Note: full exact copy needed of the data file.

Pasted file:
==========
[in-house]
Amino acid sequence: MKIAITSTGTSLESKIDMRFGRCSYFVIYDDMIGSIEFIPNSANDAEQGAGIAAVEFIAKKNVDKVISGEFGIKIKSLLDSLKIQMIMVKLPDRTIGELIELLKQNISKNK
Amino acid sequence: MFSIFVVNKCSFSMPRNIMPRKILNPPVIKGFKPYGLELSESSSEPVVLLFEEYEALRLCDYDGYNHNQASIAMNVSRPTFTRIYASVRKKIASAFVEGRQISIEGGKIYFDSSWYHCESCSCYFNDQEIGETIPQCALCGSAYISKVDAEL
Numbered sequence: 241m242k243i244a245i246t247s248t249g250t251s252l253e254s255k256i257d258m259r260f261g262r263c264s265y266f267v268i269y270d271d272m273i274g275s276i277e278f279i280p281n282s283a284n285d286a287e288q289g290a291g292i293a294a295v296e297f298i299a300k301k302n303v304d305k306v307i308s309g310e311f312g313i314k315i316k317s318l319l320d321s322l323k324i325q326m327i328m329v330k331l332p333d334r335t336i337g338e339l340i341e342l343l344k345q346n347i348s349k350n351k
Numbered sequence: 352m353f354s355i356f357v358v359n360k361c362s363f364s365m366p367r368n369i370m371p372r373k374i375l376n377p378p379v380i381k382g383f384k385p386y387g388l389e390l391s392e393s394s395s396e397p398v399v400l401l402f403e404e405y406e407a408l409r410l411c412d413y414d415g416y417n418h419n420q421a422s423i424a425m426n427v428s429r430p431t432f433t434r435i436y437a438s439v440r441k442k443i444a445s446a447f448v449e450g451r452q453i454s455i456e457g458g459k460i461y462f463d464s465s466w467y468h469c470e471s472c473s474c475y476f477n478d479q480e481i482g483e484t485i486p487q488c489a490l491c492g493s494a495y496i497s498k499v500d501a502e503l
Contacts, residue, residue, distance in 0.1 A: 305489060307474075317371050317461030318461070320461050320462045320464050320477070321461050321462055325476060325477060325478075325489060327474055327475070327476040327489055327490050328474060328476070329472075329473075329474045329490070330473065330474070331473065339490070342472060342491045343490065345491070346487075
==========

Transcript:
[in-house]
Amino acid sequence: MKIAITSTGTSLESKIDMRFGRCSYFVIYDDMIGSIEFIPNSANDAEQGAGIAAVEFIAKKNVDKVISGEFGIKIKSLLDSLKIQMIMVKLPDRTIGELIELLKQNISKNK
Amino acid sequence: MFSIFVVNKCSFSMPRNIMPRKILNPPVIKGFKPYGLELSESSSEPVVLLFEEYEALRLCDYDGYNHNQASIAMNVSRPTFTRIYASVRKKIASAFVEGRQISIEGGKIYFDSSWYHCESCSCYFNDQEIGETIPQCALCGSAYISKVDAEL
Numbered sequence: 241m242k243i244a245i246t247s248t249g250t251s252l253e254s255k256i257d258m259r260f261g262r263c264s265y266f267v268i269y270d271d272m273i274g275s276i277e278f279i280p281n282s283a284n285d286a287e288q289g290a291g292i293a294a295v296e297f298i299a300k301k302n303v304d305k306v307i308s309g310e311f312g313i314k315i316k317s318l319l320d321s322l323k324i325q326m327i328m329v330k331l332p333d334r335t336i337g338e339l340i341e342l343l344k345q346n347i348s349k350n351k
Numbered sequence: 352m353f354s355i356f357v358v359n360k361c362s363f364s365m366p367r368n369i370m371p372r373k374i375l376n377p378p379v380i381k382g383f384k385p386y387g388l389e390l391s392e393s394s395s396e397p398v399v400l401l402f403e404e405y406e407a408l409r410l411c412d413y414d415g416y417n418h419n420q421a422s423i424a425m426n427v428s429r430p431t432f433t434r435i436y437a438s439v440r441k442k443i444a445s446a447f448v449e450g451r452q453i454s455i456e457g458g459k460i461y462f463d464s465s466w467y468h469c470e471s472c473s474c475y476f477n478d479q480e481i482g483e484t485i486p487q488c489a490l491c492g493s494a495y496i497s498k499v500d501a502e503l
Contacts, residue, residue, distance in 0.1 A: 305489060307474075317371050317461030318461070320461050320462045320464050320477070321461050321462055325476060325477060325478075325489060327474055327475070327476040327489055327490050328474060328476070329472075329473075329474045329490070330473065330474070331473065339490070342472060342491045343490065345491070346487075